More importantly, the idea that the Republican party has a deficit of female leadership that needs to be addressed by Carly Fiorina – a woman who does not actually hold a position of leadership – is patently false and insulting and plays directly into the media narrative on this score. As it turns out, the Republican party has a number of female leaders who have actually won election to high office and have a record of accomplishment (as opposed to tokenism) that they can point to – women like Nikki Haley, Susana Martinez,  and Mary Fallin, to say nothing of the several Republican women currently serving in the Senate. Nominating one of these women could be easily defended on the merits as the nomination of a person actually qualified to assume the Presidency instead of as an appeal to tokenism. And before anyone jumps down my throat for using that term, notice that the Fiorina campaign is basically asking to be taken seriously on this basis.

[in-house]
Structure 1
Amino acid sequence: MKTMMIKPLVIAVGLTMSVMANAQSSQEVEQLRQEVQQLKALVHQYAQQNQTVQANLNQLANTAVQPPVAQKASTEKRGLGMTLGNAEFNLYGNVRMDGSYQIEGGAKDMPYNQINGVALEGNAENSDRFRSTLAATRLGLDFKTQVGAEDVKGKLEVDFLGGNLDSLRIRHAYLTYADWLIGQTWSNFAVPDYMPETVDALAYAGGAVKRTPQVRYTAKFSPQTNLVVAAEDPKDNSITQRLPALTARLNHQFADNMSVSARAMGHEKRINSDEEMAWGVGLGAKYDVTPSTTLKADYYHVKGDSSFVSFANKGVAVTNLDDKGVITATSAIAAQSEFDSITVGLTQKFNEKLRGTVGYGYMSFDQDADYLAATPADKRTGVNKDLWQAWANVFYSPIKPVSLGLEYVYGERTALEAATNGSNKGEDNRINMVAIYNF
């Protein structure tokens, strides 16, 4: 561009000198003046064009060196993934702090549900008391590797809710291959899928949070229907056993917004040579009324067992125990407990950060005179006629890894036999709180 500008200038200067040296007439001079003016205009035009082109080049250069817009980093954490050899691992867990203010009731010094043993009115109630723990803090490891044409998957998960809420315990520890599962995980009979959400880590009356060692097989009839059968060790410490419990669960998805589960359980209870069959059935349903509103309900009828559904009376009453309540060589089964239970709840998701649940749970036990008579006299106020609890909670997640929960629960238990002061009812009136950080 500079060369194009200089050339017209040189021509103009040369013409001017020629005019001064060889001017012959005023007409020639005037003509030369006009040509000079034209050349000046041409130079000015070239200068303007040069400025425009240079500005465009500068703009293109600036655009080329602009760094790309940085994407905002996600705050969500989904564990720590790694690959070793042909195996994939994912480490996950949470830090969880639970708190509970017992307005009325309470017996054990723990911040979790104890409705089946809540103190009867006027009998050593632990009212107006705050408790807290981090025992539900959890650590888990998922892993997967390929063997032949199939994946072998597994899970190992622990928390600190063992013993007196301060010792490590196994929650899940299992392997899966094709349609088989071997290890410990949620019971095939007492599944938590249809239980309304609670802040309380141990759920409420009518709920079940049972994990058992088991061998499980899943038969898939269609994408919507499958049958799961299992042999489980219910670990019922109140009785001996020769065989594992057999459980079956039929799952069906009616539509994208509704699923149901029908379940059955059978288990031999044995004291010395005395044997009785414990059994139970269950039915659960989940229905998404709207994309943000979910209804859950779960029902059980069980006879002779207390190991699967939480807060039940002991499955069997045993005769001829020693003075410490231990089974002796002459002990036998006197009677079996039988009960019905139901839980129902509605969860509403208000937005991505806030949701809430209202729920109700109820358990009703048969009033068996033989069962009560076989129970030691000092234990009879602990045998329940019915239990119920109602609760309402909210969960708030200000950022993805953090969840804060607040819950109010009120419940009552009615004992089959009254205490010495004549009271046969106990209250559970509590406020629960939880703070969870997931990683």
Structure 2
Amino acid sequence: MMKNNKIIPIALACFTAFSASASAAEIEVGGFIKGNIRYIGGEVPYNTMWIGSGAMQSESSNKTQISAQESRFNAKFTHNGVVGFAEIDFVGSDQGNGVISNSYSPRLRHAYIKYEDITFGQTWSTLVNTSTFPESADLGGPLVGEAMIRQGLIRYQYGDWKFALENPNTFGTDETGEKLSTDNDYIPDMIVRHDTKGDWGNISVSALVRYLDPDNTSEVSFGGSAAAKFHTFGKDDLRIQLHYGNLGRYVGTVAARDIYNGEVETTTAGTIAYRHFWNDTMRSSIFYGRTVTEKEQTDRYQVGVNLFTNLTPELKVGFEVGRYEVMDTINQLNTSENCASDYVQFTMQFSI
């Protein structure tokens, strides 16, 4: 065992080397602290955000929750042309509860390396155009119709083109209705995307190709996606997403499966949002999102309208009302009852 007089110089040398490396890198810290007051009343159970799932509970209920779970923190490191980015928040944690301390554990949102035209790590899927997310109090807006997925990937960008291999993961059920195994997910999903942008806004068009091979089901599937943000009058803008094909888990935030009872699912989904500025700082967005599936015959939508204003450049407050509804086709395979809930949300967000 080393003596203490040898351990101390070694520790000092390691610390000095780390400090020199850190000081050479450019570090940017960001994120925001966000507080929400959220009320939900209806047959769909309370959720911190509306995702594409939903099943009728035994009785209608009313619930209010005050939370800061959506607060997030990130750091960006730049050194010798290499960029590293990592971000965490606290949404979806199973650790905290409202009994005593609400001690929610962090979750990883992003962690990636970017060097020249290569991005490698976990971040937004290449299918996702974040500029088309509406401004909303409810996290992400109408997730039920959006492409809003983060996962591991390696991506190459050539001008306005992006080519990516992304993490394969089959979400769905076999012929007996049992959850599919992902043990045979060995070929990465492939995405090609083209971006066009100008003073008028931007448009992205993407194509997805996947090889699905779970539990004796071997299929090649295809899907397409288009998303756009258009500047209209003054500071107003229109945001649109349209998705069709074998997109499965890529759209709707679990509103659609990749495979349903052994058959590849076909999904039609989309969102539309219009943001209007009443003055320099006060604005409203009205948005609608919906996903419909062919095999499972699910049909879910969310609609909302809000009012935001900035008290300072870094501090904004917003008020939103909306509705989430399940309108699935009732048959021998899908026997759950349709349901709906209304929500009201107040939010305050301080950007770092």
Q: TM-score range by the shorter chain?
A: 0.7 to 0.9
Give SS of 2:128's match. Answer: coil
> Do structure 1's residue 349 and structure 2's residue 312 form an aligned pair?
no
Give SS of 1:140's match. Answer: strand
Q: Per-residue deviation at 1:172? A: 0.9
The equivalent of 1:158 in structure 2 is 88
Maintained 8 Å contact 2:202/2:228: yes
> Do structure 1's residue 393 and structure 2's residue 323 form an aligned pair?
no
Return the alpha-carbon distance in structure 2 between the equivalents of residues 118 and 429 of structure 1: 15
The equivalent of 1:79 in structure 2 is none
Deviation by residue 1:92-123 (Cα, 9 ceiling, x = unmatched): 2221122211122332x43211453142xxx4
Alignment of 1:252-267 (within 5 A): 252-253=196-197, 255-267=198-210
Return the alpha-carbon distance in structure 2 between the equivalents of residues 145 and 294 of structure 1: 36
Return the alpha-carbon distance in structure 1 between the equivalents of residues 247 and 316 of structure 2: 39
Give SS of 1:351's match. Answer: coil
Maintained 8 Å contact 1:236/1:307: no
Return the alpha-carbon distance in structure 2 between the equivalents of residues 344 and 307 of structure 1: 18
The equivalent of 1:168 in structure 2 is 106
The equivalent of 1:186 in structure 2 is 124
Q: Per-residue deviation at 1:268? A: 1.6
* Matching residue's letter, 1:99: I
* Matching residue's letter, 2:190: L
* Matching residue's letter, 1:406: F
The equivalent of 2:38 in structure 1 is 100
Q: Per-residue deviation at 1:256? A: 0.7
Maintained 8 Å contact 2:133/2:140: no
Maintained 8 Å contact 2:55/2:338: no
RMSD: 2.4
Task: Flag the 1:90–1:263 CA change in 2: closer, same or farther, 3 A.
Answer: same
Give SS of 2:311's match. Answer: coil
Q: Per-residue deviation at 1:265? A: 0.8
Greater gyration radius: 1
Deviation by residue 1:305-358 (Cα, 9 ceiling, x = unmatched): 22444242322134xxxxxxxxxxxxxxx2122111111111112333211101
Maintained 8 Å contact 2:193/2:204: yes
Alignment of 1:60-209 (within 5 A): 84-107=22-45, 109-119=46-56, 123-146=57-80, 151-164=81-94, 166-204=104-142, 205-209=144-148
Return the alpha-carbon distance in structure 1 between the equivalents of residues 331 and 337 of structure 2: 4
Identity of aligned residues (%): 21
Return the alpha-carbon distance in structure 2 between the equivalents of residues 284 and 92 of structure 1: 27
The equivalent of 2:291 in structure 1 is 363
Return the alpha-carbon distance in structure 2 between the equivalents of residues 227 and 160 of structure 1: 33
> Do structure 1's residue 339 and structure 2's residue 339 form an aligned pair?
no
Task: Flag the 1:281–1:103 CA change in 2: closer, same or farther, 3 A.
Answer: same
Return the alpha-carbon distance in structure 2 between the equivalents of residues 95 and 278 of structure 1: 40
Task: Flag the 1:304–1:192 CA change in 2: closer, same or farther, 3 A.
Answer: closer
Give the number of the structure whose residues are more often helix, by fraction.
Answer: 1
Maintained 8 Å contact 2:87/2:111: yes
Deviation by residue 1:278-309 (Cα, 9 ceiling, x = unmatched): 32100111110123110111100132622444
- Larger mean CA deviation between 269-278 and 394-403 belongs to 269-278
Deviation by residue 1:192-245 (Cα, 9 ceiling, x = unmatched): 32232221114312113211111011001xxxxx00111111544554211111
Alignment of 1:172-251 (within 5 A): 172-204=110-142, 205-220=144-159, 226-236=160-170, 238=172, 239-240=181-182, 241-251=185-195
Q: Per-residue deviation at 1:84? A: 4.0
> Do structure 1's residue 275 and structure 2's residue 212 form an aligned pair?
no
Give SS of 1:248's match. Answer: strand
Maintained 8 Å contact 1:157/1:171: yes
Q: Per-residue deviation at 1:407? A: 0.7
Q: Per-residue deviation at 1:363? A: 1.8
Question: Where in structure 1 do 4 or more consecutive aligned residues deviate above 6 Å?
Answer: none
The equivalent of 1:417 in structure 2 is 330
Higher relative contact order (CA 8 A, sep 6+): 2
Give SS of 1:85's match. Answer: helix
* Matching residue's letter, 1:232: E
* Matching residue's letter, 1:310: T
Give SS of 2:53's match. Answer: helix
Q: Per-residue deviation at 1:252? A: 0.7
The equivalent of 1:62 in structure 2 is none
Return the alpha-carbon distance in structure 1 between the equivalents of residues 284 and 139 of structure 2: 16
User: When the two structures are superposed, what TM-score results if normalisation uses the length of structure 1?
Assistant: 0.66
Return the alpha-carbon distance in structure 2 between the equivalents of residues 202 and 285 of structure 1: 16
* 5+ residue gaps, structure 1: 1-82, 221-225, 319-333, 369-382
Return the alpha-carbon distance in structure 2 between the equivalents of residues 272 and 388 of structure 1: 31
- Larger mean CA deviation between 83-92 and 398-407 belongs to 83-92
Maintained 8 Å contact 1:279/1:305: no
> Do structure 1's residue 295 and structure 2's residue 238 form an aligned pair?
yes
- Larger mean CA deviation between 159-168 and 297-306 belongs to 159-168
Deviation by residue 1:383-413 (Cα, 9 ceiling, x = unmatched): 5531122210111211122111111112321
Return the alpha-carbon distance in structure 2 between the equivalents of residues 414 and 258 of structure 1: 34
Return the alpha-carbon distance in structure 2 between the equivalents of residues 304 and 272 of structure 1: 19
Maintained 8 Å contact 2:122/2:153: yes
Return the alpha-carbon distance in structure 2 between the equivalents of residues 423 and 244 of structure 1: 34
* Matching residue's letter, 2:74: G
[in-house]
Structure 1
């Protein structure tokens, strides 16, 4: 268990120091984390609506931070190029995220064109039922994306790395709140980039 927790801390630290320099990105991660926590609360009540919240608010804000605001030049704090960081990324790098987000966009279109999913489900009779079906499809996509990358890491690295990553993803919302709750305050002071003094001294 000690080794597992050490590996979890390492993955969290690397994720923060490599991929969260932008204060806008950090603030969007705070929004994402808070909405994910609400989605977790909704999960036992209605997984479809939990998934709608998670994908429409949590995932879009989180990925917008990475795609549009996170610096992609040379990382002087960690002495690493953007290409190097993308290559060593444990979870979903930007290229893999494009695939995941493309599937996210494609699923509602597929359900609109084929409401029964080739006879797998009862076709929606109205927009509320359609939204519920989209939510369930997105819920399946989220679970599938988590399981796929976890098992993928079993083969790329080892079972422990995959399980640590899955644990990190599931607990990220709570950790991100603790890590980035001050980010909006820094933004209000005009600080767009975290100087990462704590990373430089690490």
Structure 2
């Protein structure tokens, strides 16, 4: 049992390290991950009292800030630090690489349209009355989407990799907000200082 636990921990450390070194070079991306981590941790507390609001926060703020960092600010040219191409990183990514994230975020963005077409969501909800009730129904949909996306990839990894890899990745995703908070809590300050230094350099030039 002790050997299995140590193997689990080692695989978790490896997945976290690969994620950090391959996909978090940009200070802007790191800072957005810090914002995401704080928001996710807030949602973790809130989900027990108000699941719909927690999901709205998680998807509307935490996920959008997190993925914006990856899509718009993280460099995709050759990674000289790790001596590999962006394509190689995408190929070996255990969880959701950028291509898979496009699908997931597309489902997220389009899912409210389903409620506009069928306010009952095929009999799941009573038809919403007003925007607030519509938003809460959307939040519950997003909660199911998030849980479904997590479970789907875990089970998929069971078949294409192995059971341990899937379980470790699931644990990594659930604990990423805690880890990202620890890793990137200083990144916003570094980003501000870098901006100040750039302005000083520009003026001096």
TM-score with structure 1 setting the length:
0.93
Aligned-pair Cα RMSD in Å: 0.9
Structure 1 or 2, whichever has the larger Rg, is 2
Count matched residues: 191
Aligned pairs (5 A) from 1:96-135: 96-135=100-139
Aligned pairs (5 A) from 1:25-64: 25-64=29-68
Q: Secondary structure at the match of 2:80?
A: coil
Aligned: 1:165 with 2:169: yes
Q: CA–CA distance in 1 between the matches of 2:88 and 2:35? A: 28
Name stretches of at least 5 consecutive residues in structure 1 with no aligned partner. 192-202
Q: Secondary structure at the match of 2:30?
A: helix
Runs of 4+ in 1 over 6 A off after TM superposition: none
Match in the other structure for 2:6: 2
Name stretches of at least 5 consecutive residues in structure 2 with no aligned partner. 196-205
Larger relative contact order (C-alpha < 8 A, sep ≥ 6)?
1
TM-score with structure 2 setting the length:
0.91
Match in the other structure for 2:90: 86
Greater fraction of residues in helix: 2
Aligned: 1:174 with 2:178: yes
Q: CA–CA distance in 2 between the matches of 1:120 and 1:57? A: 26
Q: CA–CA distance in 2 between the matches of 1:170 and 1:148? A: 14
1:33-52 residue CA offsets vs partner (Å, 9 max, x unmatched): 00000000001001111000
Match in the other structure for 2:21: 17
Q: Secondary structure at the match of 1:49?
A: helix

The simple fact is that while there is some overlap in the skillset between successful business person and successful politician, they are not identical skill sets. In particular, the application process is a significant part of the actual job when it comes to being a politician (whether we like it or not). And we have seen numerous times in the recent past that exposing people to too much increased scrutiny too fast does not end well. And nothing about Fiorina’s 2010 campaign indicates that she has some sort of savant ability that will allow her to escape the spectacular flameouts of Herman Cain, et al. Losing an election does not disqualify someone from being a serious presidential candidate; never having won one is.